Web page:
Brief essay on consciousness and ideology


While re-reading Sartre’s theory of consciousness, one which I subscribe to and am looking to apply to my own theoretical projects, I happen upon a third conclusion of ‘The Cogito as Reflective Consciousness.’

‘Third, the I never appears except on the occasion of a reflective act’ (Sartre 53, emphasis added).

Certainly the entire paragraph is worth inclusion, and would be dealt with in a longer work. But this statement alone produces an important question: off what does the ‘I’ reflect? Certainly this is word-play, but is it a mirror, a screen?

Thoughts of the mirror and screen then begin to turn my thoughts toward my old friends, film and ideology. For it is herein, and always, accepted that the mirror and the screen are ideological in nature: they reflect, in their own ways, a vision of condition and ego. Fair enough. And certainly the following analysis could and must be applied to theories of film apparatus and spectatorship.

However, that will have to be re-visited. For now, a simply and brief deliberation on the connection between reflection, consciousness, and ideology.

Reflection is the problem of consciousness and ego, and it is the problem of hyperreality and ideology. If reflection necessarily gives birth to the transcendent ego, then reflection necessarily gives birth to the always-already-reproduced conditions of societal life, that is ideology and hyperreality (which is in fact ideological). It becomes obvious why ideology must find its model in the existential structure of consciousness: ideology must obviously be an I, for two reasons–it must be the same transcendent unity (it could be transcendental, like that understanding of Baudry, meaning a pre-supposed false unity from which everything occurs, but it pops up, is reproduced ahistorically [Althusser, that brilliant jowled soul], only in moments of reflection, and gives itself as an object more than a condition) for all involved, for if it wasn’t it would not bind the social, i.e. mass consciousness, together; secondly, and most importantly, it must also be an I that can allow every participating I to involve its own imaginary in the ideological unity. Thus it is a double I that is completely malleable and impossible to rip from consciousness. There is simply no reason why Sartre’s proclamation that ‘the I is deceptive from the start’ cannot be applied to ideology, an application which in fact shatters the theories of illusion and offers us a stark condition, perhaps the only condition: if the I is deceptive from the start, then the reflected I of the social, the transcendent, not transcendental I of ideology, is as well (Sartre 52). And a double deception, perhaps, sadly leads to no deception at all. This is why ideology is imprisoning consciousness, and, ultimately, why hyperreality is reality.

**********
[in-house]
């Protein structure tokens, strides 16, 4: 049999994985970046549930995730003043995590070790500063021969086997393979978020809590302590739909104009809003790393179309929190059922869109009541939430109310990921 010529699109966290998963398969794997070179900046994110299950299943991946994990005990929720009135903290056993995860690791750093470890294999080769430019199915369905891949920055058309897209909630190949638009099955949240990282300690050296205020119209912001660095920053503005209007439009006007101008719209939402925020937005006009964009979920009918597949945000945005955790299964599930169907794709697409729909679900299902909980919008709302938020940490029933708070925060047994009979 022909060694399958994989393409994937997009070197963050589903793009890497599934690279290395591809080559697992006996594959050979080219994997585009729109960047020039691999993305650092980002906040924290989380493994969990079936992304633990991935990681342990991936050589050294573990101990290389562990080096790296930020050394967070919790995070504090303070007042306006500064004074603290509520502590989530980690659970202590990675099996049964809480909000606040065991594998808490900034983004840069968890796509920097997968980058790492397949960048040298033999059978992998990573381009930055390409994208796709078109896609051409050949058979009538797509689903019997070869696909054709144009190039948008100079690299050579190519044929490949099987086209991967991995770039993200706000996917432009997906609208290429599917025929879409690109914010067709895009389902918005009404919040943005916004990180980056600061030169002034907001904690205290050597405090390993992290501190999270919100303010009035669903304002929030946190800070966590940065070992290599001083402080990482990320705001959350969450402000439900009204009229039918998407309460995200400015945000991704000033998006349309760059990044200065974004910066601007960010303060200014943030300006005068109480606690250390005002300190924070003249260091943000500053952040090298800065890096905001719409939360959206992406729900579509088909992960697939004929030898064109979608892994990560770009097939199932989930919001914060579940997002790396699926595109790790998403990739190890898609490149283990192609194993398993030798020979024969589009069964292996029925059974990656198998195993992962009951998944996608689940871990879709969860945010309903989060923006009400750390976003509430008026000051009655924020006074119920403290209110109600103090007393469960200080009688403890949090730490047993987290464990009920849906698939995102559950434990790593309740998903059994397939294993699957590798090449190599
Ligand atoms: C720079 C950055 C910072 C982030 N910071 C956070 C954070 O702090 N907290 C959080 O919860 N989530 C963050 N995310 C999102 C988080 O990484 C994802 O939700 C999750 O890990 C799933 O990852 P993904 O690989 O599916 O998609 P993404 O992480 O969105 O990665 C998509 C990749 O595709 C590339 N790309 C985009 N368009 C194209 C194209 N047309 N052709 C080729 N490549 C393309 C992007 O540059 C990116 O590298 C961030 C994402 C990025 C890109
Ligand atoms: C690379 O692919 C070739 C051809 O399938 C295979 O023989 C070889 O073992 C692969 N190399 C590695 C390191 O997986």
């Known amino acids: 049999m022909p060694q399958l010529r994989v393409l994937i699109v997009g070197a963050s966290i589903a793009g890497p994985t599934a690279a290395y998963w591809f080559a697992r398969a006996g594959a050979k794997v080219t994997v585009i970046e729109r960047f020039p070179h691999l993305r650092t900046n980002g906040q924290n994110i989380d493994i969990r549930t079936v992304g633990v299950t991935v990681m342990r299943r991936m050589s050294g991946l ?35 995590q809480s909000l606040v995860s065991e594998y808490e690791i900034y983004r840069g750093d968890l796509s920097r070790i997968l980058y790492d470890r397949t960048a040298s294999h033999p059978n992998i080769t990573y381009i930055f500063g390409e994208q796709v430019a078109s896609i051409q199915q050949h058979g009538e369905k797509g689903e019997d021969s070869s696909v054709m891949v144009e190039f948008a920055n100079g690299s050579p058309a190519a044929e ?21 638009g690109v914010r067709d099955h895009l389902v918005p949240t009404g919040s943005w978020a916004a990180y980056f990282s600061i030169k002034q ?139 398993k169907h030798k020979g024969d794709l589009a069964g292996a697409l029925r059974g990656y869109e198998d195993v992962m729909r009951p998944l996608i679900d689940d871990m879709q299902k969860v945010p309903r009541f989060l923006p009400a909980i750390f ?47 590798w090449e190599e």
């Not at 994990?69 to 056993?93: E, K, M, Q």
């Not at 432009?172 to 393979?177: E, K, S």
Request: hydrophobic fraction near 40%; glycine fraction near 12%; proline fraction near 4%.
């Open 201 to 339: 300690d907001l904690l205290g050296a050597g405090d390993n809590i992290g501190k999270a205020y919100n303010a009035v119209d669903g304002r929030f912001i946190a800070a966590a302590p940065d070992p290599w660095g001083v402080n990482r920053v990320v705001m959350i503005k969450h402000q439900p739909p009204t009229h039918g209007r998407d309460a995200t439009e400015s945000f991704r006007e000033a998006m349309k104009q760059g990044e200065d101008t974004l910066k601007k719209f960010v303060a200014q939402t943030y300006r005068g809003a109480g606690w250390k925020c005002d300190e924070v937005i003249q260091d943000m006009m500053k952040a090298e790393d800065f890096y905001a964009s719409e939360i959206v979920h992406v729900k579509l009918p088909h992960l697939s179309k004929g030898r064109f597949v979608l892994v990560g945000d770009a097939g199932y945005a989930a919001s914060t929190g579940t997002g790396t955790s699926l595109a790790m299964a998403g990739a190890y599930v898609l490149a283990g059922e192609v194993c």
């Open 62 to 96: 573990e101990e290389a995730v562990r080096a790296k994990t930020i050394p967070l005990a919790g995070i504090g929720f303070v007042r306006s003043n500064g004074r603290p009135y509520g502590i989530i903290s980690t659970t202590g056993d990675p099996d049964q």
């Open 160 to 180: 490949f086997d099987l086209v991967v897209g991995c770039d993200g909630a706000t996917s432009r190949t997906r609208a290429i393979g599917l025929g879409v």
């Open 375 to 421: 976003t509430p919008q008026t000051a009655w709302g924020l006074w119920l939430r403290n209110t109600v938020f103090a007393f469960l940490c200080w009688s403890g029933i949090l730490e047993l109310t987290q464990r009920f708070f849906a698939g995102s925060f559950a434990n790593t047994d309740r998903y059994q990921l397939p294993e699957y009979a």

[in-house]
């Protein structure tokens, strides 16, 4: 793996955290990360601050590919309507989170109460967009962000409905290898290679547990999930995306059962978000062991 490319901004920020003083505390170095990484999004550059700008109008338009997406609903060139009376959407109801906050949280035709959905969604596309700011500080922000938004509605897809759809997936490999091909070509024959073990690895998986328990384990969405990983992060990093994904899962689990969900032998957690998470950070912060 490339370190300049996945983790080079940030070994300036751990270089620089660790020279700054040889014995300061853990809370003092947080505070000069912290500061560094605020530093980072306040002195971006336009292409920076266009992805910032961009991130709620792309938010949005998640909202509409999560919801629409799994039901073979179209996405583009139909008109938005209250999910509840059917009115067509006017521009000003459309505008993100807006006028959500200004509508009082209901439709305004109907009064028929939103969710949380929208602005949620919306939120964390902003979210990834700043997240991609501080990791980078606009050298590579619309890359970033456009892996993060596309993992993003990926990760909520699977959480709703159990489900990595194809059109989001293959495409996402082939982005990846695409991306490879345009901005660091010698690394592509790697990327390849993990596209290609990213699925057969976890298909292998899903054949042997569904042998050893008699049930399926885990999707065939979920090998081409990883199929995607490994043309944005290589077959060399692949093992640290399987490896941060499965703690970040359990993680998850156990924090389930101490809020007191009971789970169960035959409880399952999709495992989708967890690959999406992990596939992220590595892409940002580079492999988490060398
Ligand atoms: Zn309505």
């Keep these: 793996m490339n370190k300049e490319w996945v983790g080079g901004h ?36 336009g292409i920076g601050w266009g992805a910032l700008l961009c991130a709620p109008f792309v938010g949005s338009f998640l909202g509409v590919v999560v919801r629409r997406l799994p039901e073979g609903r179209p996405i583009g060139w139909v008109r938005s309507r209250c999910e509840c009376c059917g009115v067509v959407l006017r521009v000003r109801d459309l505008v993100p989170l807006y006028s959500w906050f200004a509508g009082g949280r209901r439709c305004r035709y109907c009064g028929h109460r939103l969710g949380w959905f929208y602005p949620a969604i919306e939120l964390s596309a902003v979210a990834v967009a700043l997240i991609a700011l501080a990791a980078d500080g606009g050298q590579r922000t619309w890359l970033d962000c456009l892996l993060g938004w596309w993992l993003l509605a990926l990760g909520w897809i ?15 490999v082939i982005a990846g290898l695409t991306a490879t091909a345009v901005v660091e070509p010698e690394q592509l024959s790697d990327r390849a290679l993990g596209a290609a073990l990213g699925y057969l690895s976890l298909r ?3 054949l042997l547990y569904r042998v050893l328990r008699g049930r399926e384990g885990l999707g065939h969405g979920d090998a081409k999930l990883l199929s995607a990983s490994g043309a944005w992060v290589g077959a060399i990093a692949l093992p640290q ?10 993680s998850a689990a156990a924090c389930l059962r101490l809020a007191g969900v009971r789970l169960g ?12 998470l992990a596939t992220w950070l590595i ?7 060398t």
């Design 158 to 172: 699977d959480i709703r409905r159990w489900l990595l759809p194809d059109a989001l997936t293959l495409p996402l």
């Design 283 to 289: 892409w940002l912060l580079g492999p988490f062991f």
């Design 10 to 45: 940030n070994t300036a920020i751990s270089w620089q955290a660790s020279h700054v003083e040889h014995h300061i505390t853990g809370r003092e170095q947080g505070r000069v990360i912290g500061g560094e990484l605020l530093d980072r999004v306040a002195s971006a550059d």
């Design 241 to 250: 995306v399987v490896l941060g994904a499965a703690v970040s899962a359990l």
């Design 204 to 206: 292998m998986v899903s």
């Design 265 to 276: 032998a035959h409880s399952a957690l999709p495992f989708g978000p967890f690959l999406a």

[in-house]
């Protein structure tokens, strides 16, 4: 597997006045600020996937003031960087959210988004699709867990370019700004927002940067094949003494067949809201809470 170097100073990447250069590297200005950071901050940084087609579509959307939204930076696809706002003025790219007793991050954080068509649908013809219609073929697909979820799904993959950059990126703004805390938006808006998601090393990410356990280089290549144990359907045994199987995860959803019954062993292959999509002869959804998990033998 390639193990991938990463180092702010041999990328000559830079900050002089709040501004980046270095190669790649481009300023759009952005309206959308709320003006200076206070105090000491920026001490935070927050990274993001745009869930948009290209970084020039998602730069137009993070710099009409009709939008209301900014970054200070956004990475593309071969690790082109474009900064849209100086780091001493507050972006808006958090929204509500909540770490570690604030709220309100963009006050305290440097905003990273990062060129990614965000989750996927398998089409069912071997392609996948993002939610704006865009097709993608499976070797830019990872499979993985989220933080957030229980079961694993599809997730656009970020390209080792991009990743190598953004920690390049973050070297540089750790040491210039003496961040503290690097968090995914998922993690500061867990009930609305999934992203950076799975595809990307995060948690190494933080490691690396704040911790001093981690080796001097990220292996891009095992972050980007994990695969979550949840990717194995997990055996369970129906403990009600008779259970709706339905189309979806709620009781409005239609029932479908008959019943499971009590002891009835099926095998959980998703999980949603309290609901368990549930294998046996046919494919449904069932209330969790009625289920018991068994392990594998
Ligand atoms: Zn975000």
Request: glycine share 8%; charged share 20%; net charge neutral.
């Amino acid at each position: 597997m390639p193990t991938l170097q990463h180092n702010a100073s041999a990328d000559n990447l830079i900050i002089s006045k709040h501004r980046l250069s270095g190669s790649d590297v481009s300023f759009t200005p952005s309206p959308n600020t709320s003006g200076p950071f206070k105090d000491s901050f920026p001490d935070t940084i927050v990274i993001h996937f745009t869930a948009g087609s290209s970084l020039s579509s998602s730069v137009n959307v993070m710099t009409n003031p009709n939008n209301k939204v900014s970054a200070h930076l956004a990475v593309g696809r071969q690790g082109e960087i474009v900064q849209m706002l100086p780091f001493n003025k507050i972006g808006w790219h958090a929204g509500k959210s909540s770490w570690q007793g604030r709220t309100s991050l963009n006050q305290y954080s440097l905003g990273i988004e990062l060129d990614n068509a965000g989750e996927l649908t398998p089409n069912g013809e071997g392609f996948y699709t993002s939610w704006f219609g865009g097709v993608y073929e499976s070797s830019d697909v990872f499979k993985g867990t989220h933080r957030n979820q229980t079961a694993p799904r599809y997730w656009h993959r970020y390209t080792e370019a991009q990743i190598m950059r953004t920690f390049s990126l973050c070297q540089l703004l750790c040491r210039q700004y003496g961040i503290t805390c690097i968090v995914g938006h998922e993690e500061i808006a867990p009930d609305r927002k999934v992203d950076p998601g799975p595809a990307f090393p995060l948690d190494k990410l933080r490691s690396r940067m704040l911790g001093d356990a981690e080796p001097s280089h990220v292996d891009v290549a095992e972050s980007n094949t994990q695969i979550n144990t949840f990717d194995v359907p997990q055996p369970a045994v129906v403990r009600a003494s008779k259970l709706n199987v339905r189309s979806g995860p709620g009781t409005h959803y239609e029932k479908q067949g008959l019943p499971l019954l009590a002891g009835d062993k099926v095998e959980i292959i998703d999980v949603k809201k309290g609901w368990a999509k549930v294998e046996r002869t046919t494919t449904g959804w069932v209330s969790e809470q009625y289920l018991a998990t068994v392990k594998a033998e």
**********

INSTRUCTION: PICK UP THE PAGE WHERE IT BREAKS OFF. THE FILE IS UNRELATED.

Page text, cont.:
And a final thought crawls into view: the code, hyperreality, may in fact be the completion of phenomenology. ‘The spatio-temporal object always manifests itself through an infinity of aspects and is, at bottom, only the ideal unity of this infinity” (Sartre 49). We have reached the point where the ideal unity *is* the infinity of aspects, no matter how many aspects continue to appear. True idealism achieved, a code which can ensnare anything and present absolute unity, absolute reality.

Sartre, Jean-Paul. The Transcendence of the Ego. New York: Noonday, 1960.


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